Pollution

Tsunami Hits South Pacific
September 30, 2009 06:45 AM - Josephine Latu of Pacific Media Watch

A huge tsunami struck American Samoa and Samoa early day, causing many deaths in both Pacific island groups. Reports from Sky News put the death toll in American Samoa at 14, while Radio New Zealand reports at least five confirmed deaths in Samoa so far.

Google Earth Application Maps Carbon's Course
September 29, 2009 09:57 AM - Scientific Daily

Google Earth -- the digital globe on which computer users can fly around the planet and zoom in on key features -- is attracting attention in scientific communities and aiding public communication about carbon dioxide.

What Makes Europe Greener than the U.S.?
September 28, 2009 09:49 AM - Elisabeth Rosenthal, Yale/Environment 360

The average American produces three times the amount of CO2 emissions as a person in France. A U.S. journalist now living in Europe explains how she learned to love her clothesline and sweating in summer.

Climate Changes Outpacing Worst-case Projections
September 28, 2009 06:20 AM - Gerard Wynn, Reuters

Global temperatures may be 4 degrees Celsius hotter by the mid-2050s if current greenhouse gas emissions trends continue, said a study published on Monday. The study, by Britain's Met Office Hadley Center, echoed a U.N. report last week which found that climate changes were outpacing worst-case scenarios forecast in 2007 by the U.N.'s Intergovernmental Panel on Climate Change (IPCC).

Carbon Cycling Processes Of Inland Waters are Important to Understanding Climate Change

In a paper titled "The Boundless Carbon Cycle," published in the September issue of Nature Geoscience, scientists from the University of Vienna, Uppsala University in Sweden, University of Antwerp, and the U.S. based Stroud┢ Water Research Center argue that current international strategies to mitigate manmade carbon emissions and address climate change have overlooked a critical player - inland waters. Streams, rivers, lakes, reservoirs, and wetlands play an important role in the carbon cycle that is unaccounted for in conventional carbon cycling models.

Burning Leaves is Bad News
September 25, 2009 03:43 PM - , Sierra Club Green Home

Remember the smell of burning fall leaves wafting through the air? Good memories, indeed, but best that they remain just memories. Burning leaves is bad news. This practice is now illegal – or at least highly discouraged – in most areas.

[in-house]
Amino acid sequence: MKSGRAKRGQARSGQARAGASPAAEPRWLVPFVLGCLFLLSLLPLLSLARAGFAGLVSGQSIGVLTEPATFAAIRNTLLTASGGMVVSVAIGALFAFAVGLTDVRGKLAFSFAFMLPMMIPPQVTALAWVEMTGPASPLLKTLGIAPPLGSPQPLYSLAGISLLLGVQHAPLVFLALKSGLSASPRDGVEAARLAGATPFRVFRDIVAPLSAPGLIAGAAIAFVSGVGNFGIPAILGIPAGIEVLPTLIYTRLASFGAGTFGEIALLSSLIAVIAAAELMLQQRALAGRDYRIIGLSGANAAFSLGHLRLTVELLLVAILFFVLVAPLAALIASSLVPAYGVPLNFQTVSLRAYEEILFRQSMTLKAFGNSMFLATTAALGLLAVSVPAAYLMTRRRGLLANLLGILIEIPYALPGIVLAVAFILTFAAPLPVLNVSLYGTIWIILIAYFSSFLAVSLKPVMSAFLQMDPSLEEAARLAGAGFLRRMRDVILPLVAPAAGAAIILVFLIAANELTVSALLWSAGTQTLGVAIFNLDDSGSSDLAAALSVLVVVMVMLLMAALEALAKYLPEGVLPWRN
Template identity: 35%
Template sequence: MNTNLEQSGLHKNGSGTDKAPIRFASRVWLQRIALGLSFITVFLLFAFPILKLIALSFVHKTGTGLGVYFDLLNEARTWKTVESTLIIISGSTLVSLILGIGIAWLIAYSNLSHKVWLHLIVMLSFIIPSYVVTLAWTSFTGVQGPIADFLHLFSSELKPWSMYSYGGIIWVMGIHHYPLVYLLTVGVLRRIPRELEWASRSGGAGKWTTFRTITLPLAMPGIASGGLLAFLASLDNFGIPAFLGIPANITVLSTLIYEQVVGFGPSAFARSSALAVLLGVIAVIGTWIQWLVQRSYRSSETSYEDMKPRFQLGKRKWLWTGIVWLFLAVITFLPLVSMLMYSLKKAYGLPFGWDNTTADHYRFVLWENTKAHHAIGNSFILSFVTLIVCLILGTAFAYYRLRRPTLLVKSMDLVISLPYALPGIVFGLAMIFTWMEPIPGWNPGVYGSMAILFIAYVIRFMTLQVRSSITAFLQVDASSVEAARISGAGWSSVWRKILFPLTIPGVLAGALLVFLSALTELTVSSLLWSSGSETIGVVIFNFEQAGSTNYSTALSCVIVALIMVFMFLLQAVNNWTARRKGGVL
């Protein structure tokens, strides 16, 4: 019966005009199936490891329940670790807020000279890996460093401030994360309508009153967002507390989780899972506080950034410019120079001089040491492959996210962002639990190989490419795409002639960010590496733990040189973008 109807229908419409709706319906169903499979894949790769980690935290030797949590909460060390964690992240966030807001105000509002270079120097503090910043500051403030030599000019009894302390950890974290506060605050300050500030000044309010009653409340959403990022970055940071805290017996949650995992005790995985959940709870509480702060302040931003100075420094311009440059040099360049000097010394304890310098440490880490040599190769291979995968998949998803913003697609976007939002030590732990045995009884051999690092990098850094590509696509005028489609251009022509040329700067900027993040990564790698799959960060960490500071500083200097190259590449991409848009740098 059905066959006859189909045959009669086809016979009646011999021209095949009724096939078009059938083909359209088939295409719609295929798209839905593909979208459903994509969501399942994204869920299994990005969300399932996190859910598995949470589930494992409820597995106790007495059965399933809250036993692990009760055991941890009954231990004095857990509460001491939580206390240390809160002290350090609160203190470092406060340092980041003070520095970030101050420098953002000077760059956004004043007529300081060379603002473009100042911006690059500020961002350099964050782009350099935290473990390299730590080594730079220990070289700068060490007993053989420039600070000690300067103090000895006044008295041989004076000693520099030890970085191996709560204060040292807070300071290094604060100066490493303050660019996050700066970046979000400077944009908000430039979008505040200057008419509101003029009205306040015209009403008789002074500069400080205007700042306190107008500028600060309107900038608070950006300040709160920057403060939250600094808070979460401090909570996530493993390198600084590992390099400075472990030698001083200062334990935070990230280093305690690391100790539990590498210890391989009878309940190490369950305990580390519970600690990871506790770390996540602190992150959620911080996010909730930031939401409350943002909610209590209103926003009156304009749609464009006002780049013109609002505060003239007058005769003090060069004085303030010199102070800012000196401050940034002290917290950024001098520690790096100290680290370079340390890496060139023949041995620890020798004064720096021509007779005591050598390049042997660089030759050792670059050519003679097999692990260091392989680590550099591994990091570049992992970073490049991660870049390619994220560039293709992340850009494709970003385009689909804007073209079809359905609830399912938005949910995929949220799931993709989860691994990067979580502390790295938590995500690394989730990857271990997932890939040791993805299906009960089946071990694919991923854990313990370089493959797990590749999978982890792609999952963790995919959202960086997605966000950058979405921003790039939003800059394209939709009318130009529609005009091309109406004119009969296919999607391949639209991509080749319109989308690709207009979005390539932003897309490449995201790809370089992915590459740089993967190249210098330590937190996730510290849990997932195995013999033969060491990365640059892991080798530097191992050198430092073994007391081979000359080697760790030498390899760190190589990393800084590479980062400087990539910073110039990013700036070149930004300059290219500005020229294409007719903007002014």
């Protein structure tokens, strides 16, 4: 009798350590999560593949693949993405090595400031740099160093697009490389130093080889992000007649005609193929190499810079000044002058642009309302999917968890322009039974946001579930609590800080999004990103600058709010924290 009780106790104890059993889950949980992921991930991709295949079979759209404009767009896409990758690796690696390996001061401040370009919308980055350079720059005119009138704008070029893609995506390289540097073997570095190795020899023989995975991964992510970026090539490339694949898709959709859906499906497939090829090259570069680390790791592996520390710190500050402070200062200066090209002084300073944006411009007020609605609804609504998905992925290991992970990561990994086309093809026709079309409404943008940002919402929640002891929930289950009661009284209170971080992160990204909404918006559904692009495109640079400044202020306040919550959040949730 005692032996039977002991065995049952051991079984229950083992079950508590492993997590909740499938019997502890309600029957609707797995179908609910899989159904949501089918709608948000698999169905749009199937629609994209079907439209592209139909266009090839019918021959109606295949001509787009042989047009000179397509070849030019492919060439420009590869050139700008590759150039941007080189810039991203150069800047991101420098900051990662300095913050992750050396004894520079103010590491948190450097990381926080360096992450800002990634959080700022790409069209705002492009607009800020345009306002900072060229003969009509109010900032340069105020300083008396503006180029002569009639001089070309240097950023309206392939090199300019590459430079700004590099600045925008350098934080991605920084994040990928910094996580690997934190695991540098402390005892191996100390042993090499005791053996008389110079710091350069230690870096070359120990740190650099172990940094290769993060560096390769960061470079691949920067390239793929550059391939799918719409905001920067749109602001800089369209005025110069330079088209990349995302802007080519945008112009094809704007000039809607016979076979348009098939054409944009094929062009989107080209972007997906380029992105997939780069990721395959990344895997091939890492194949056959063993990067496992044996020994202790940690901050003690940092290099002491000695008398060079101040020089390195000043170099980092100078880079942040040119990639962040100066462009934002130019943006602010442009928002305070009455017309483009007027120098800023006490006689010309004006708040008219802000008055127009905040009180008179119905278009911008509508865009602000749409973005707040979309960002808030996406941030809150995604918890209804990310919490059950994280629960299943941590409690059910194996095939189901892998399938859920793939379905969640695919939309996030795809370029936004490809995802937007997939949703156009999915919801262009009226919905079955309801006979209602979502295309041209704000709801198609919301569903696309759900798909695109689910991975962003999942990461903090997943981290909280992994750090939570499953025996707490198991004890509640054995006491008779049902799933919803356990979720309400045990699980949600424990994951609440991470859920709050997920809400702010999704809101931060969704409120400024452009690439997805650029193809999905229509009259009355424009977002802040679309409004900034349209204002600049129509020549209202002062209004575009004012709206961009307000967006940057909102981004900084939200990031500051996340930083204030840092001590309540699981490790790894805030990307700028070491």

Greenhouse Gas Reporting Requirements Finalized
September 25, 2009 07:08 AM - R. Greenway, ENN

A major new regulatory requirement, starting January 1, 2010, will affect most large industrial and utility combustion sources in the US. Fossil fuel and industrial GHG suppliers, motor vehicle and engine manufacturers, and facilities that emit 25,000 metric tons or more of CO2 equivalent per year will be required to report GHG emissions data to EPA annually. This threshold is equivalent to about the annual GHG emissions from 4,600 passenger vehicles.

Water Contamination Concerns Linger For Shale Gas
September 24, 2009 10:57 AM - Tom Gjelten, NPR

Advances in technology have helped boost the growth of shale drilling in the United States over the past few years. But as the practice of harvesting natural gas embedded in shale rock deep below the Earth's surface has expanded, it has raised concerns about the impact this type of drilling has on the environment — especially on groundwater.

Woodstoves and Pellet Stoves
September 23, 2009 10:01 AM - , Sierra Club Green Home

Cleaner ways to burn an ancient fuel Humans have been using wood fires for heating somewhere between 400,000 and a million years. Today, though, using wood involves some compromises. Modern wood-burning systems have much, much lower emissions than old ones, but still can emit more than 100 times as much pollution. This article outlines some cleaner ways to burn an ancient fuel

China Pledges to Curb CO2 Emissions
September 23, 2009 06:57 AM - Paul Eckert and Claudia Parsons, Reuters

Chinese President Hu Jintao on Tuesday promised to put a "notable" brake on the country's rapidly rising carbon emissions, but dashed hopes he would unveil a hard target to kickstart stalled climate talks. The leader of the world's biggest emitter told a U.N. summit that China would pledge to cut "carbon intensity," or the amount of carbon dioxide produced for each dollar of economic output, over the decade to 2020.

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